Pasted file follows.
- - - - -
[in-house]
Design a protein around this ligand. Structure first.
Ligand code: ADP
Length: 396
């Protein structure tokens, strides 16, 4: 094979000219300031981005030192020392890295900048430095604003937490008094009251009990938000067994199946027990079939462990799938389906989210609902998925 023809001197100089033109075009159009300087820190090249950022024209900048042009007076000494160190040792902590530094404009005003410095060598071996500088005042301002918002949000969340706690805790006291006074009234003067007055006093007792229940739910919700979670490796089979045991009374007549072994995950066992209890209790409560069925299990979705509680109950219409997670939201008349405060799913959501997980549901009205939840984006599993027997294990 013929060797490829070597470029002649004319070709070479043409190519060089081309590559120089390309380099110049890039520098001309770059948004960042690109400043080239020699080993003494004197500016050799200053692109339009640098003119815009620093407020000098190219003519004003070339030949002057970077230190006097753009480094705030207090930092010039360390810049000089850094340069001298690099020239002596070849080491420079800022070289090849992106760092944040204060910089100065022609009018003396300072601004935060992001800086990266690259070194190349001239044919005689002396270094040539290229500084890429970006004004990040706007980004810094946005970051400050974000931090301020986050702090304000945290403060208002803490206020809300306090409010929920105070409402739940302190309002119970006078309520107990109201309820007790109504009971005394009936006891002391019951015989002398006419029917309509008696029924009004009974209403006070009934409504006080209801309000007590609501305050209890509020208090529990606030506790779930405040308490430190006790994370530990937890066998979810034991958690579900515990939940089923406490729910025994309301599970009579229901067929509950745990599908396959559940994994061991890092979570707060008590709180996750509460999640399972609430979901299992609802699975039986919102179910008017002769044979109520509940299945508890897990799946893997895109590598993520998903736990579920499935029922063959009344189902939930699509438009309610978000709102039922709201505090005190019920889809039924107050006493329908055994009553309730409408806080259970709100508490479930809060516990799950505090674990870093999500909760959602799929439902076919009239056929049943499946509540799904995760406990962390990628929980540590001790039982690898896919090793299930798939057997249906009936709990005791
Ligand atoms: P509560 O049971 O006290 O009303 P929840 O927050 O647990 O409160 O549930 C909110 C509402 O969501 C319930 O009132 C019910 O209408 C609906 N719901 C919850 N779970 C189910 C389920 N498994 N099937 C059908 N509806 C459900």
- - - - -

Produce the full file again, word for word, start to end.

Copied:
[in-house]
Design a protein around this ligand. Structure first.
Ligand code: ADP
Length: 396
């Protein structure tokens, strides 16, 4: 094979000219300031981005030192020392890295900048430095604003937490008094009251009990938000067994199946027990079939462990799938389906989210609902998925 023809001197100089033109075009159009300087820190090249950022024209900048042009007076000494160190040792902590530094404009005003410095060598071996500088005042301002918002949000969340706690805790006291006074009234003067007055006093007792229940739910919700979670490796089979045991009374007549072994995950066992209890209790409560069925299990979705509680109950219409997670939201008349405060799913959501997980549901009205939840984006599993027997294990 013929060797490829070597470029002649004319070709070479043409190519060089081309590559120089390309380099110049890039520098001309770059948004960042690109400043080239020699080993003494004197500016050799200053692109339009640098003119815009620093407020000098190219003519004003070339030949002057970077230190006097753009480094705030207090930092010039360390810049000089850094340069001298690099020239002596070849080491420079800022070289090849992106760092944040204060910089100065022609009018003396300072601004935060992001800086990266690259070194190349001239044919005689002396270094040539290229500084890429970006004004990040706007980004810094946005970051400050974000931090301020986050702090304000945290403060208002803490206020809300306090409010929920105070409402739940302190309002119970006078309520107990109201309820007790109504009971005394009936006891002391019951015989002398006419029917309509008696029924009004009974209403006070009934409504006080209801309000007590609501305050209890509020208090529990606030506790779930405040308490430190006790994370530990937890066998979810034991958690579900515990939940089923406490729910025994309301599970009579229901067929509950745990599908396959559940994994061991890092979570707060008590709180996750509460999640399972609430979901299992609802699975039986919102179910008017002769044979109520509940299945508890897990799946893997895109590598993520998903736990579920499935029922063959009344189902939930699509438009309610978000709102039922709201505090005190019920889809039924107050006493329908055994009553309730409408806080259970709100508490479930809060516990799950505090674990870093999500909760959602799929439902076919009239056929049943499946509540799904995760406990962390990628929980540590001790039982690898896919090793299930798939057997249906009936709990005791
Ligand atoms: P509560 O049971 O006290 O009303 P929840 O927050 O647990 O409160 O549930 C909110 C509402 O969501 C319930 O009132 C019910 O209408 C609906 N719901 C919850 N779970 C189910 C389920 N498994 N099937 C059908 N509806 C459900």